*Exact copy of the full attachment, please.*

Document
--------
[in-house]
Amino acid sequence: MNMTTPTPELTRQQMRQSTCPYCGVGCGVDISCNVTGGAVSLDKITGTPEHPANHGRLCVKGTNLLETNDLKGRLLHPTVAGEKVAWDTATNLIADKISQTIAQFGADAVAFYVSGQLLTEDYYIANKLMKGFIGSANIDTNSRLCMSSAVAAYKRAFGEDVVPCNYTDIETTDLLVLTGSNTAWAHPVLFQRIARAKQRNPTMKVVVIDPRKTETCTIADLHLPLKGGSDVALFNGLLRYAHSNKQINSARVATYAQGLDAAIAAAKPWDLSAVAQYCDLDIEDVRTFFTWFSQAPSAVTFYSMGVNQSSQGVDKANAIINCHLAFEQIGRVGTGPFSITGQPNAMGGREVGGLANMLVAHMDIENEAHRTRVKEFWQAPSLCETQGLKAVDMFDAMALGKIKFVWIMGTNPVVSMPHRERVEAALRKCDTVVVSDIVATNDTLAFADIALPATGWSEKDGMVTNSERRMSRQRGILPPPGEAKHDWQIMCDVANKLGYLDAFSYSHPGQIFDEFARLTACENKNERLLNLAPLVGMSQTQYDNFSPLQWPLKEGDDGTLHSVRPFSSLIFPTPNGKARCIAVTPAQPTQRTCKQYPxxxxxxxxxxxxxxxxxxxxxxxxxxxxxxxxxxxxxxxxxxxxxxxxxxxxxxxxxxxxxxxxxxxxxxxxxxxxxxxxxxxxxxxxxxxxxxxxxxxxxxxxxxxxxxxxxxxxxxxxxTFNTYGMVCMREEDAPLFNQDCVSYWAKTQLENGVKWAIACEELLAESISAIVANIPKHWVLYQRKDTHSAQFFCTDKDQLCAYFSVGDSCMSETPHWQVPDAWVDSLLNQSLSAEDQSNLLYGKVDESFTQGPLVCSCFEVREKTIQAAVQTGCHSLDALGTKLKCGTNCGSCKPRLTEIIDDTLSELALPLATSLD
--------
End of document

[in-house]
Amino acid sequence: MNMTTPTPELTRQQMRQSTCPYCGVGCGVDISCNVTGGAVSLDKITGTPEHPANHGRLCVKGTNLLETNDLKGRLLHPTVAGEKVAWDTATNLIADKISQTIAQFGADAVAFYVSGQLLTEDYYIANKLMKGFIGSANIDTNSRLCMSSAVAAYKRAFGEDVVPCNYTDIETTDLLVLTGSNTAWAHPVLFQRIARAKQRNPTMKVVVIDPRKTETCTIADLHLPLKGGSDVALFNGLLRYAHSNKQINSARVATYAQGLDAAIAAAKPWDLSAVAQYCDLDIEDVRTFFTWFSQAPSAVTFYSMGVNQSSQGVDKANAIINCHLAFEQIGRVGTGPFSITGQPNAMGGREVGGLANMLVAHMDIENEAHRTRVKEFWQAPSLCETQGLKAVDMFDAMALGKIKFVWIMGTNPVVSMPHRERVEAALRKCDTVVVSDIVATNDTLAFADIALPATGWSEKDGMVTNSERRMSRQRGILPPPGEAKHDWQIMCDVANKLGYLDAFSYSHPGQIFDEFARLTACENKNERLLNLAPLVGMSQTQYDNFSPLQWPLKEGDDGTLHSVRPFSSLIFPTPNGKARCIAVTPAQPTQRTCKQYPxxxxxxxxxxxxxxxxxxxxxxxxxxxxxxxxxxxxxxxxxxxxxxxxxxxxxxxxxxxxxxxxxxxxxxxxxxxxxxxxxxxxxxxxxxxxxxxxxxxxxxxxxxxxxxxxxxxxxxxxxTFNTYGMVCMREEDAPLFNQDCVSYWAKTQLENGVKWAIACEELLAESISAIVANIPKHWVLYQRKDTHSAQFFCTDKDQLCAYFSVGDSCMSETPHWQVPDAWVDSLLNQSLSAEDQSNLLYGKVDESFTQGPLVCSCFEVREKTIQAAVQTGCHSLDALGTKLKCGTNCGSCKPRLTEIIDDTLSELALPLATSLD